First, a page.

In Leaving Everything Most Loved by New York Times best-selling author Jacqueline Winspear, Maisie Dobbs investigates the murder of Indian immigrants in London.
The year is 1933. Maisie Dobbs is contacted by an Indian gentleman who has come to England in the hopes of finding out who killed his sister two months ago. Scotland Yard failed to make any arrest in the case, and there is reason to believe they failed to conduct a thorough investigation. The case becomes even more challenging when another Indian woman is murdered just hours before a scheduled interview. Meanwhile, unfinished business from a previous case becomes a distraction, as does a new development in Maisie's personal life.
Bringing a crucial chapter in the life and times of Maisie Dobbs to a close, Leaving Everything Most Loved marks a pivotal moment in this outstanding mystery series.
©2013 Jacqueline Winspear (P)2013 HarperCollins Publishers
I enjoy mysteries, NOT thrillers, contemporary fiction, especially about diverse cultures, and sometimes history, if it doesn't involve too many dates. I often listen to a book multiple times, discovering unnoticed details in the retelling.
a wide range of characters appear and many are wonderful people. The challenges which each must overcome are of universal interest.
Although crimes and solving them are the basis for each story, one does not end the story with a sense of overall gloom or terror.
the wonderful accents of the characters in the story.
sorry....I have none!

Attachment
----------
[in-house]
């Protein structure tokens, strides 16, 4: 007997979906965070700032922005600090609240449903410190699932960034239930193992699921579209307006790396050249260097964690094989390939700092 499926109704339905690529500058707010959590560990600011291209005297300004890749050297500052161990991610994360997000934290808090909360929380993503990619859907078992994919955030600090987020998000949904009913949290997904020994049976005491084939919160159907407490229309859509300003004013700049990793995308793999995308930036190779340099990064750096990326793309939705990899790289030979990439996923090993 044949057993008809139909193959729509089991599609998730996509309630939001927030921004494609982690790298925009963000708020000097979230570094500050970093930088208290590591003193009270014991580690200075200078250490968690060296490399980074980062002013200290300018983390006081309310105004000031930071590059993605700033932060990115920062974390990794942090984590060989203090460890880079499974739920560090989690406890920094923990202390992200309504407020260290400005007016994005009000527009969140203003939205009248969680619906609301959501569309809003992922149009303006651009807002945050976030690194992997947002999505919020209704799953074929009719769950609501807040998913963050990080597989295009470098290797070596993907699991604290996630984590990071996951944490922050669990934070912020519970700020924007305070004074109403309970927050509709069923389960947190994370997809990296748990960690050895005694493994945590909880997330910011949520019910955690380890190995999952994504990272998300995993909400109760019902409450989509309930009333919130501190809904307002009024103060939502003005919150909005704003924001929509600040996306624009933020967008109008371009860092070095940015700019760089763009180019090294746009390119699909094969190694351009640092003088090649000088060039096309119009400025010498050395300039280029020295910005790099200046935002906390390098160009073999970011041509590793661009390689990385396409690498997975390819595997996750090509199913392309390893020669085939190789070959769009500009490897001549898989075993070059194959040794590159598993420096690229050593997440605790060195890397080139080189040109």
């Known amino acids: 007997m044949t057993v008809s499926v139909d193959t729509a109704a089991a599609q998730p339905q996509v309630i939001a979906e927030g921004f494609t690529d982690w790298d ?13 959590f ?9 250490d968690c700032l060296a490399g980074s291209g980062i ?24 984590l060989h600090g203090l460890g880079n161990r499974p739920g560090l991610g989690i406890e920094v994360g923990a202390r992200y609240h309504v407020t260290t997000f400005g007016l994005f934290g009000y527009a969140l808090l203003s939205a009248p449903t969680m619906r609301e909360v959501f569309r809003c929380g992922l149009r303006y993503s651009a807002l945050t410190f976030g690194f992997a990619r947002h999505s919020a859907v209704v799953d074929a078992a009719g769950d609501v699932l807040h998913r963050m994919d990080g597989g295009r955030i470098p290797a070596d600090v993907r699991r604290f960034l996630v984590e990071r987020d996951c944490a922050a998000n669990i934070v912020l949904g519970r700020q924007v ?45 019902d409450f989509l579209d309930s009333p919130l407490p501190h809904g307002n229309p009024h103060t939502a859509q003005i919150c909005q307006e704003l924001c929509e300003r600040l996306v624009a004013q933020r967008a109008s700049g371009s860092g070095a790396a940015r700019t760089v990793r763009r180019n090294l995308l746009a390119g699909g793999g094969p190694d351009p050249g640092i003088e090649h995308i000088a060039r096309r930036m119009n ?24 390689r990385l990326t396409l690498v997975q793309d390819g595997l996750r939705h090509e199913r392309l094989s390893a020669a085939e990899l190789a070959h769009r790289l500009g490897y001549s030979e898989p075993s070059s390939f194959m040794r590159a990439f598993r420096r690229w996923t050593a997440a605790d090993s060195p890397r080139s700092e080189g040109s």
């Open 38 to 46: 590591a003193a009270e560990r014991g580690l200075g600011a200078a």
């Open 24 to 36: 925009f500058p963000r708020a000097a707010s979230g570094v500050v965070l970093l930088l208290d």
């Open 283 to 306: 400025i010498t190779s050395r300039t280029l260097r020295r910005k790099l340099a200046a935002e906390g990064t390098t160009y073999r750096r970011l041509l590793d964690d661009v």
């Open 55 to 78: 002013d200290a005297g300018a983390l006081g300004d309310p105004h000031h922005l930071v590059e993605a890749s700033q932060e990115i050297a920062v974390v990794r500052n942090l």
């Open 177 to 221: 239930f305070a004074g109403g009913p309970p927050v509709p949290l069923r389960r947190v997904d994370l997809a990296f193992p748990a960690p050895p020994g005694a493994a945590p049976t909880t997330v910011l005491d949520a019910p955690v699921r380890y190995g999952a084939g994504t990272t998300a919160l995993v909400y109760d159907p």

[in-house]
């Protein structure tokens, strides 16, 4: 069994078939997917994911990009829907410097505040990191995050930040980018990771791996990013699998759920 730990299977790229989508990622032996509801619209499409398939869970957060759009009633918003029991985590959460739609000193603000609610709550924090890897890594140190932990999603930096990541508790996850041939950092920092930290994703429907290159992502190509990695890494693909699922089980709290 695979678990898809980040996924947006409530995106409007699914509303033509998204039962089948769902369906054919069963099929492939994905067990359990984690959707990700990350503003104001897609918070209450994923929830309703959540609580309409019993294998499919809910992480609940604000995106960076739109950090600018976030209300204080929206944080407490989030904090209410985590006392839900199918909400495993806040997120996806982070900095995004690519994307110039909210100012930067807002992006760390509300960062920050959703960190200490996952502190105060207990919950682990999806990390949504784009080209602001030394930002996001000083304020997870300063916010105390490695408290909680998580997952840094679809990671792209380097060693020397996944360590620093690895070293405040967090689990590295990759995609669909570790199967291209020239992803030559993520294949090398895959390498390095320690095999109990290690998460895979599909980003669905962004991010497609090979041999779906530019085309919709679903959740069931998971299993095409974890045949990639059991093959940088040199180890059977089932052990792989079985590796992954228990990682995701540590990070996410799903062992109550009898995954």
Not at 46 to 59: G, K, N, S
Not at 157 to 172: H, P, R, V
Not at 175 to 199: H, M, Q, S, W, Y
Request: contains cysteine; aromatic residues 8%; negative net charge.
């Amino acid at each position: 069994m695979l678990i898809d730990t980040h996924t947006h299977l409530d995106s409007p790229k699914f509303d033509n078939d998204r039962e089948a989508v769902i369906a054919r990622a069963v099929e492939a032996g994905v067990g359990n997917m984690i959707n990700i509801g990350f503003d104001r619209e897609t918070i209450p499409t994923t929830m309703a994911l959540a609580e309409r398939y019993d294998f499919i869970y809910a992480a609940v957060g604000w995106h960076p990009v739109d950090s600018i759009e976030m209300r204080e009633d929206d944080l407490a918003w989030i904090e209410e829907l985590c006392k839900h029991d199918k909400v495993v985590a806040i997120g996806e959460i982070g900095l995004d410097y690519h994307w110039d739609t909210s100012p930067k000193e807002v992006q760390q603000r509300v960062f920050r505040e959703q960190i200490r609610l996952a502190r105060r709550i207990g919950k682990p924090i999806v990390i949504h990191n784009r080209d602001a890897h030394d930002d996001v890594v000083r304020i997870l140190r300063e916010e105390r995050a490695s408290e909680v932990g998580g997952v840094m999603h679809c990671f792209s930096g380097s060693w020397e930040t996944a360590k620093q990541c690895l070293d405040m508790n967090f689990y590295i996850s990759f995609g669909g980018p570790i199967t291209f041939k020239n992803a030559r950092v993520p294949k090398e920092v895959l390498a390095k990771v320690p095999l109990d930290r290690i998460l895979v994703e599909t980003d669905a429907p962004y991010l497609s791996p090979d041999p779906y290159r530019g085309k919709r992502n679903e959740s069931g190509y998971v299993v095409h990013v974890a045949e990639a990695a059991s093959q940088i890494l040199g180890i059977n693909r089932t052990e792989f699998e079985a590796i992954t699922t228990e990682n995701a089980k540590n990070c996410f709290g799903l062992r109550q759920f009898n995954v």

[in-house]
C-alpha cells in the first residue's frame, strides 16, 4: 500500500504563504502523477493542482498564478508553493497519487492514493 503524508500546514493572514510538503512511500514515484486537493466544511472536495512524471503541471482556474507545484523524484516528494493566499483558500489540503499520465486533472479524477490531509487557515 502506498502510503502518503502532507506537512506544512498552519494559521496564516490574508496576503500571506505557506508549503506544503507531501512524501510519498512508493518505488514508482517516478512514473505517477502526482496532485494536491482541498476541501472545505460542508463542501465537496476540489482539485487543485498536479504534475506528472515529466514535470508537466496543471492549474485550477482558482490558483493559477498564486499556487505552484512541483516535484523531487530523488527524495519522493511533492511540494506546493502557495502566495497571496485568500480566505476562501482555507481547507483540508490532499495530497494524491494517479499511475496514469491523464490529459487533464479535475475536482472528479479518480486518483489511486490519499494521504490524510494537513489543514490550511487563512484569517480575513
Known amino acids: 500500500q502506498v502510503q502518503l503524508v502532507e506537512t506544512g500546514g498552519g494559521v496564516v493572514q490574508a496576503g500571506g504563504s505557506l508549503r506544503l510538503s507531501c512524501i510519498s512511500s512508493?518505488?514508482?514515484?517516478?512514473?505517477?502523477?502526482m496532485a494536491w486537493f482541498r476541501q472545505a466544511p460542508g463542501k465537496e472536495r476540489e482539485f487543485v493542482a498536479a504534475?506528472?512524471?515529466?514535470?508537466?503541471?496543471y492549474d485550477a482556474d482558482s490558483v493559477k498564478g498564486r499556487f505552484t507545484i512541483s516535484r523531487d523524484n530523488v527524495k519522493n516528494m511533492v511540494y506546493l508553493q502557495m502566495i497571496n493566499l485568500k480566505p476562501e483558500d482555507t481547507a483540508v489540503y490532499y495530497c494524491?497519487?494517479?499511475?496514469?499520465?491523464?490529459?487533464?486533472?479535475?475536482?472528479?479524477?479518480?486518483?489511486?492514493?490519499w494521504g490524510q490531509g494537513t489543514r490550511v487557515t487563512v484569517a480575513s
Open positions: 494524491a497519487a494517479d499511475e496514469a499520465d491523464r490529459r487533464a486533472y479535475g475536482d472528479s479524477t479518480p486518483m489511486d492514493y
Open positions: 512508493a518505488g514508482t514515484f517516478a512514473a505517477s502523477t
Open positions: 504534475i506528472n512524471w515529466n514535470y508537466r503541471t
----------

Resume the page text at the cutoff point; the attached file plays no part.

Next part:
I'm always waiting for the next title in this series!
love to read and love audio books!Favorite authors: Marcia Willett,Nevil Shute,Mary Stewart,and Jacqueline Winspear. I could go on and on but wont bore you! I belong to a book group and we often" Listen" to the books we have selected for the month while using a paper copy for the discussion notes. It really enhances the quality of the story.
Another winner for Jacqueline Winspear. She is one of the best mystery writers around. I always enjoy the plots which are unpredictable,great character development and enough details to keep it interesting. Having been to London gives me added pleasure as I recognize many of the locations and descriptions. Everyone I know reads and loves Maisie Dobbs.
Orlagh Cassidy is the perfect narrator and her accent is polished and genuine. I guess I will have to wait a year for the next installment in the life of Maisie Dobbs.
I really enjoyed this book. It started off with a good mystery, but in solving the crime, our heroine revealed much about life in London following WW1 and leading up to WW2. I had never read a Jacqueline Winspear before, but I am really glad I found her.